When disaster strikes

Working with disaster reportBook | Working with Disaster – Clergy & Bushfires
Review by Ros Marsden

“The people I met that very first night. Their faces still haunt me; burnt, covered in ash. A local family. Going up the mountain the next week. Seeing the devastation, the blue and white police tape, the melted bitumen and cars, and knowing people died in those cars haunts me.”

Six years on from the tragedy of the Black Saturday Victorian bushfires, a church minister recalls memories experienced directly after the disaster. The quote is one of many in a research project commissioned and released in mid-April by Yarra Institute for Religion and Social Policy in partnership with Creative Ministries Network, an agency of UnitingCare. Working with Disaster – Clergy & Bushfires focuses on interviews with 11 clergy conducted by community consultant Dr Lisa Jacobson. The interviews have been published in a free booklet launched at the synod of Victoria and Tasmania offices by Craig Lapsley, Victoria’s first Emergency Management Commissioner.

In launching the booklet, Commissioner Lapsley commended the continuing work of churches in the affected areas, highlighting their roles as trusted support networks.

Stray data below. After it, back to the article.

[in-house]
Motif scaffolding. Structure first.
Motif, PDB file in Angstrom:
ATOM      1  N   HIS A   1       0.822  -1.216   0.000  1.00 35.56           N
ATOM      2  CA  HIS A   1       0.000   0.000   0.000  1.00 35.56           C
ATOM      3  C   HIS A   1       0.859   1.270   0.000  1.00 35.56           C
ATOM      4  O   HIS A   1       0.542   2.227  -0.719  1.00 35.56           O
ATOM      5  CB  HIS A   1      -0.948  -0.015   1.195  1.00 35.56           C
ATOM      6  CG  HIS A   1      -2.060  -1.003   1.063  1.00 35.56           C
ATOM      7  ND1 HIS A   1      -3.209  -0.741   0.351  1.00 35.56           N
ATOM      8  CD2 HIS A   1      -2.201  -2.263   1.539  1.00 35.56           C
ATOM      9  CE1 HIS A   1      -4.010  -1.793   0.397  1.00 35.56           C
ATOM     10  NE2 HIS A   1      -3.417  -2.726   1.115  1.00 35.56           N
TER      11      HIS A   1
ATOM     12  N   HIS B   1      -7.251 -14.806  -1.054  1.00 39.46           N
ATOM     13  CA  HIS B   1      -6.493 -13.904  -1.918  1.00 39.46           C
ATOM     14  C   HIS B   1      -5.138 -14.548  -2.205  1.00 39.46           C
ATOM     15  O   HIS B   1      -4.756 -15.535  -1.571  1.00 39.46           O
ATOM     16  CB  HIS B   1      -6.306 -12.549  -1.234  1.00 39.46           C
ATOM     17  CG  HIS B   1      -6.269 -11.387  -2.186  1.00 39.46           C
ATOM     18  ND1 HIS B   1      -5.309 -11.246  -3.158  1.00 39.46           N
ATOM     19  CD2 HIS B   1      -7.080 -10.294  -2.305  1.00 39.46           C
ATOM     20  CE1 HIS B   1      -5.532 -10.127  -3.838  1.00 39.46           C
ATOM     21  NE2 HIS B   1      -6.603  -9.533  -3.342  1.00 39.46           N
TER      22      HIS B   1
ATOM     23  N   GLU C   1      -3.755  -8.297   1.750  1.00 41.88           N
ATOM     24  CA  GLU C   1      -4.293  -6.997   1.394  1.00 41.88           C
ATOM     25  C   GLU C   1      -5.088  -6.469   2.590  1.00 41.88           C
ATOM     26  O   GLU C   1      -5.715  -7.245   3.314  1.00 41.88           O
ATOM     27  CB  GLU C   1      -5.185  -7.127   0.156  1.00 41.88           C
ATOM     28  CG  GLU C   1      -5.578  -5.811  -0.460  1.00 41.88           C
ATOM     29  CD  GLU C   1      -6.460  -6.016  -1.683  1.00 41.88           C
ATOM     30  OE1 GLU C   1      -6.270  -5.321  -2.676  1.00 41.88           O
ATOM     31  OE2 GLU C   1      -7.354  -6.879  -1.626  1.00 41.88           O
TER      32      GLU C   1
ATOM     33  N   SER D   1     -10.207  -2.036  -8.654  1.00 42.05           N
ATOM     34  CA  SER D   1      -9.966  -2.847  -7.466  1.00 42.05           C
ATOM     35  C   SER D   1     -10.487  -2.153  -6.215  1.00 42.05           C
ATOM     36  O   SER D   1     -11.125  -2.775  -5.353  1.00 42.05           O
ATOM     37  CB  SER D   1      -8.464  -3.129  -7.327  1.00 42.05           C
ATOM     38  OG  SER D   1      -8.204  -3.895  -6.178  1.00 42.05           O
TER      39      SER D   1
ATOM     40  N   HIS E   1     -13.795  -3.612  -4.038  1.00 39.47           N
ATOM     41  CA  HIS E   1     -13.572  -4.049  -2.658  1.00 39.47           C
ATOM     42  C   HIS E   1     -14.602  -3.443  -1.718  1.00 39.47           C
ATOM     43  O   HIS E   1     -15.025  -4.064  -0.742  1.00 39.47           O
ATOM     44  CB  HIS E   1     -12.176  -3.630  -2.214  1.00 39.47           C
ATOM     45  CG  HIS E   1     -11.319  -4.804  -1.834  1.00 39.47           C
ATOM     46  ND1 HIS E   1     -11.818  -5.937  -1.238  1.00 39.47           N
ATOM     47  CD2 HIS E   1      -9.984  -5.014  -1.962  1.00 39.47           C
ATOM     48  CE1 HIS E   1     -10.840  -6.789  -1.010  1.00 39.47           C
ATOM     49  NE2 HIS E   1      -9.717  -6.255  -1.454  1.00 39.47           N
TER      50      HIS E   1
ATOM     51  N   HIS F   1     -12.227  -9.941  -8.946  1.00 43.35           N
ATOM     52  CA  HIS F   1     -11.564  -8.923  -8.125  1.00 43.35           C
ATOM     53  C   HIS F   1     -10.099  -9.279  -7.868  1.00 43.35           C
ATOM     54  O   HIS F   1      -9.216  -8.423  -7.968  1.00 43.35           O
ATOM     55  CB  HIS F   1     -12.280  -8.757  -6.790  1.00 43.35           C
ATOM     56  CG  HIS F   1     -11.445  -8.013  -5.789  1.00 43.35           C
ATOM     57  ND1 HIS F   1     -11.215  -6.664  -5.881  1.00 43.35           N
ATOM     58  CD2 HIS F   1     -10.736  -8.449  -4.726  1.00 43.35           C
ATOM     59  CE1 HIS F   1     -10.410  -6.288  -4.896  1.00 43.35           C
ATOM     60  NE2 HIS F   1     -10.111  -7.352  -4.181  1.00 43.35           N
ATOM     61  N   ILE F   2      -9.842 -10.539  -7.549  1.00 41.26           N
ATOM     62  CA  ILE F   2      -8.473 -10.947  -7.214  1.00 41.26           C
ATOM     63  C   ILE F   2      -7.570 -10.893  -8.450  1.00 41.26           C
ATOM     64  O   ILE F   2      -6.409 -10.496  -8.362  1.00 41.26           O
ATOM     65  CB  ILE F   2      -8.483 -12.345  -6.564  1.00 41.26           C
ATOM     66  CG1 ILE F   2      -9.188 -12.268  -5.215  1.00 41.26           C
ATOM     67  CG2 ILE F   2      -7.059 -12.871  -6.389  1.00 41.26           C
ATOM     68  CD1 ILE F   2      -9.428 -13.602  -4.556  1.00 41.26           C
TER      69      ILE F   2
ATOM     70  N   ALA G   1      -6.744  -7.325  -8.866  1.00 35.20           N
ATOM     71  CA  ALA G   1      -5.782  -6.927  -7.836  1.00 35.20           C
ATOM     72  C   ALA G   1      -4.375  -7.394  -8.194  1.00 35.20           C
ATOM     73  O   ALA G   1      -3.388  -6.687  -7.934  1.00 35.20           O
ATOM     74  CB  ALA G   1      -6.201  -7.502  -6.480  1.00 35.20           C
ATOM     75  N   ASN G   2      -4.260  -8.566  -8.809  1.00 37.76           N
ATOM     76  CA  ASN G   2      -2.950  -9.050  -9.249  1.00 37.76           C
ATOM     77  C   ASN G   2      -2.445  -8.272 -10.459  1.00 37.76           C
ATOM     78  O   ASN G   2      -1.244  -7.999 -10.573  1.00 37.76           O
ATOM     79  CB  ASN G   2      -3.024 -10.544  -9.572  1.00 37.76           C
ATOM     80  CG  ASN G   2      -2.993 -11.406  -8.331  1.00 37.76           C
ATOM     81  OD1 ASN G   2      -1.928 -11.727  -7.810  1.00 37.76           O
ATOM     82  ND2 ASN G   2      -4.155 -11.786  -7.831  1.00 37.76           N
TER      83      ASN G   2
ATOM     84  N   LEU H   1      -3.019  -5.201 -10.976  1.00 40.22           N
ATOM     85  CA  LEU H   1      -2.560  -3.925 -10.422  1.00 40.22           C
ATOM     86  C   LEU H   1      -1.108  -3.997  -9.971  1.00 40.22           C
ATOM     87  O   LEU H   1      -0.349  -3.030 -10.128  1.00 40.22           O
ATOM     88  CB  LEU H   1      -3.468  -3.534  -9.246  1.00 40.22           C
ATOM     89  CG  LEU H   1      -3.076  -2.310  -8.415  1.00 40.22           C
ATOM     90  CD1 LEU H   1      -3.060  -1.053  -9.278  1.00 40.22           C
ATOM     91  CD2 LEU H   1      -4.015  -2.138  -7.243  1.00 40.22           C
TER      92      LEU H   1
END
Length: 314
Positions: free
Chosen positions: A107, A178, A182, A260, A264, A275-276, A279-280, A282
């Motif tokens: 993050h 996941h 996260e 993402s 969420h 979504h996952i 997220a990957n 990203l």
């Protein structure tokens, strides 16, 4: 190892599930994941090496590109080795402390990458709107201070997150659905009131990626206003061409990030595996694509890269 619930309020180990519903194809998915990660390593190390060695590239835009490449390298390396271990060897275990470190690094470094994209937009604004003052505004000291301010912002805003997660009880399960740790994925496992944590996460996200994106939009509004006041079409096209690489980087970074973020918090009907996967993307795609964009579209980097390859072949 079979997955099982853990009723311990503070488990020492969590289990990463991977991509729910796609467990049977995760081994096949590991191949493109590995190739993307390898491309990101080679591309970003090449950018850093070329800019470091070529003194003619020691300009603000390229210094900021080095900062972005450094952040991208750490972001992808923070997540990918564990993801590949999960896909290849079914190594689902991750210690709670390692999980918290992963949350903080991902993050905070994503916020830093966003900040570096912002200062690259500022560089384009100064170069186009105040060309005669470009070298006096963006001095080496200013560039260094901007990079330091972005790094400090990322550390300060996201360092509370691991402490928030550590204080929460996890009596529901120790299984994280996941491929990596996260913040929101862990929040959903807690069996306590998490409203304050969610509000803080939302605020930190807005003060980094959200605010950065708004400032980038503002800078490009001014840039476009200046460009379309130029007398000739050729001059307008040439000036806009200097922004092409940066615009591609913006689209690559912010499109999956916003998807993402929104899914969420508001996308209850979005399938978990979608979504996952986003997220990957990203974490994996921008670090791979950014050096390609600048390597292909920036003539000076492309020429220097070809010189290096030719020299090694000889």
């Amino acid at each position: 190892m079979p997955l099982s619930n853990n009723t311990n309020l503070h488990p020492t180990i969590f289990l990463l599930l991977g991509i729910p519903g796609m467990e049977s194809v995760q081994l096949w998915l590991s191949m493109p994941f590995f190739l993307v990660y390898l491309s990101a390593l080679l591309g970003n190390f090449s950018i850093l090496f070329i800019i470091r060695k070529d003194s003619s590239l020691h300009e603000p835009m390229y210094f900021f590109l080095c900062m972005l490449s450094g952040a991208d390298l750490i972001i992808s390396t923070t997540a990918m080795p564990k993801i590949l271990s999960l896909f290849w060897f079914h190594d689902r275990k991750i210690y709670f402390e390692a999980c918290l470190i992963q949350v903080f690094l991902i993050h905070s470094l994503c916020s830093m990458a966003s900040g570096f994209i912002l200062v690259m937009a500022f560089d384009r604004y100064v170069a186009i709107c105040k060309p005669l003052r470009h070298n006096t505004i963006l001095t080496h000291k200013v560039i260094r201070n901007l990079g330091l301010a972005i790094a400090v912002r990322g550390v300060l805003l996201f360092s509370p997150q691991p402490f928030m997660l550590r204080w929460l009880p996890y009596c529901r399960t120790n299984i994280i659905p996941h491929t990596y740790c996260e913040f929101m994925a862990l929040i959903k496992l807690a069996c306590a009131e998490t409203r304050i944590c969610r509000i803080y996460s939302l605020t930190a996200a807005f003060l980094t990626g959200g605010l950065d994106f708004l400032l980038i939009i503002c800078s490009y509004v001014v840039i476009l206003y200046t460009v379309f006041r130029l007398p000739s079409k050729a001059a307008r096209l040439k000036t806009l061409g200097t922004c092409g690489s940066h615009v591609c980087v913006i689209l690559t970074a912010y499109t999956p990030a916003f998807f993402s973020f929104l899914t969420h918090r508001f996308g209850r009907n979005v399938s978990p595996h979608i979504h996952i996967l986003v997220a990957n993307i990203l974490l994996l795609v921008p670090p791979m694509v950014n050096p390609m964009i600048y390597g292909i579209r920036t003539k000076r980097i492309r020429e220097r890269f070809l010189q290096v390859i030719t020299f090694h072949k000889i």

The booklet is useful for lay and clergy, particularly those based in disaster-prone areas. The honest feedback of the clergy, representing a range of denominations, is a poignant reminder of the personal impact those caring for others experience in their roles as Christian and community leaders.

“One man had just lost his whole family in a car which had exploded on the road in front of him. I mean, how does someone deal with a thing like that? I had to convey the news to that man that his entire family was dead, and I’d never done that before, ever.”

Several clergy had received little or no trauma training and worked intuitively. They had experienced caring for people facing difficult loss and death but nothing that prepared them for the trauma of Black Saturday’s aftermath. Some reported feeling torn between many roles, ranging from the practical to counselling to serving on the numerous bushfire recovery boards. All described stress and burnout, including four who experienced moderate stress and two impacted by high levels of mental and physical stress.

A series of recommendations for clergy dealing with disaster was compiled as a result of the interviews. These include long-term support, understanding the personal impact on clergy, trauma training, empathic clergy supervision and extra assistance in administration and sermons.

If you would like a copy of the booklet, write to Yarra Institute for Religion and Social Policy, PO Box 505, Box Hill, 3128, admin@yarrainstitute.org.au or visit their website at www.yarrainstitute.org.au.


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